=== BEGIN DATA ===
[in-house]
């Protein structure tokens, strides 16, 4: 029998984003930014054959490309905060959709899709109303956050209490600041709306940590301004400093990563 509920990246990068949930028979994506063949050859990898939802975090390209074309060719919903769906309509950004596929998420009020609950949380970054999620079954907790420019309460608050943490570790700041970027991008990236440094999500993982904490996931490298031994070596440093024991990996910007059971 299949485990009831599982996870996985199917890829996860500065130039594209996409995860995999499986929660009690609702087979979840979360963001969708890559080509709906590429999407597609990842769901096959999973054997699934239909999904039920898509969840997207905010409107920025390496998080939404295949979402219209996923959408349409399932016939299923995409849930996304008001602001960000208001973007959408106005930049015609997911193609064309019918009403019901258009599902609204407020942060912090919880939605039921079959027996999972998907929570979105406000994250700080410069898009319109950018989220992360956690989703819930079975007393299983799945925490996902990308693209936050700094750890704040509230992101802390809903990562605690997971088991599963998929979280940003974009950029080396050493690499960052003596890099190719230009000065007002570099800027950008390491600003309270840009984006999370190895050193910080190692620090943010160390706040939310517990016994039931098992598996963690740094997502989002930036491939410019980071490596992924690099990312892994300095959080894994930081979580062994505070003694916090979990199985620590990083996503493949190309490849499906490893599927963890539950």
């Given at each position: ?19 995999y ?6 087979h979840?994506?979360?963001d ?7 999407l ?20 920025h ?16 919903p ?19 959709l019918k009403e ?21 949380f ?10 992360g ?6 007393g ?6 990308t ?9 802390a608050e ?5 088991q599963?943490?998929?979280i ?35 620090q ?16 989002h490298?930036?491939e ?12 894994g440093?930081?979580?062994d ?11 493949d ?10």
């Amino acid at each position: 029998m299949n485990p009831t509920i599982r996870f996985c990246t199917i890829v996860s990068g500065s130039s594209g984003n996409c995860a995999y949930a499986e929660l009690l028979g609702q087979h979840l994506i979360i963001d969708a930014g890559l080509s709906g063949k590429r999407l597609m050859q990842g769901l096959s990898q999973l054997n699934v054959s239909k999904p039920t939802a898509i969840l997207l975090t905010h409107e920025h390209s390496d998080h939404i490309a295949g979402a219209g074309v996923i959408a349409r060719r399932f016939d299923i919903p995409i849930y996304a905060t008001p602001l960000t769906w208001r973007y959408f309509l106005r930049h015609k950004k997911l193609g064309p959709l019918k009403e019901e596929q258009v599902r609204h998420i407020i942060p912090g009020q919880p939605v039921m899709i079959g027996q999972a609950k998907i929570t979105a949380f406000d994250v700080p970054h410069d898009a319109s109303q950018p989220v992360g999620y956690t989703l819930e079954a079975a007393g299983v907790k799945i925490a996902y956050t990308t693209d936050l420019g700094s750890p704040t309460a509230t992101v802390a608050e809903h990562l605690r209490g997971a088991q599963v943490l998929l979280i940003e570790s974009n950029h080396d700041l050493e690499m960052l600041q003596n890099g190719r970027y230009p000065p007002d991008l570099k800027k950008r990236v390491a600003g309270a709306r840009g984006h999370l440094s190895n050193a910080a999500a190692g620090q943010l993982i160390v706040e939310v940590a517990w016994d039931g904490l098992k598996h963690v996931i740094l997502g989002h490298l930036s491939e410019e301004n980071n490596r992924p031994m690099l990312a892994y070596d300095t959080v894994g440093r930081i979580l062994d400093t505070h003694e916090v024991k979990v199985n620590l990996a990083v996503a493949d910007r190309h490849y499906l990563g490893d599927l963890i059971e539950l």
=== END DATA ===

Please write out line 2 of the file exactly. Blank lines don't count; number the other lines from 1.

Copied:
């Protein structure tokens, strides 16, 4: 029998984003930014054959490309905060959709899709109303956050209490600041709306940590301004400093990563 509920990246990068949930028979994506063949050859990898939802975090390209074309060719919903769906309509950004596929998420009020609950949380970054999620079954907790420019309460608050943490570790700041970027991008990236440094999500993982904490996931490298031994070596440093024991990996910007059971 299949485990009831599982996870996985199917890829996860500065130039594209996409995860995999499986929660009690609702087979979840979360963001969708890559080509709906590429999407597609990842769901096959999973054997699934239909999904039920898509969840997207905010409107920025390496998080939404295949979402219209996923959408349409399932016939299923995409849930996304008001602001960000208001973007959408106005930049015609997911193609064309019918009403019901258009599902609204407020942060912090919880939605039921079959027996999972998907929570979105406000994250700080410069898009319109950018989220992360956690989703819930079975007393299983799945925490996902990308693209936050700094750890704040509230992101802390809903990562605690997971088991599963998929979280940003974009950029080396050493690499960052003596890099190719230009000065007002570099800027950008390491600003309270840009984006999370190895050193910080190692620090943010160390706040939310517990016994039931098992598996963690740094997502989002930036491939410019980071490596992924690099990312892994300095959080894994930081979580062994505070003694916090979990199985620590990083996503493949190309490849499906490893599927963890539950």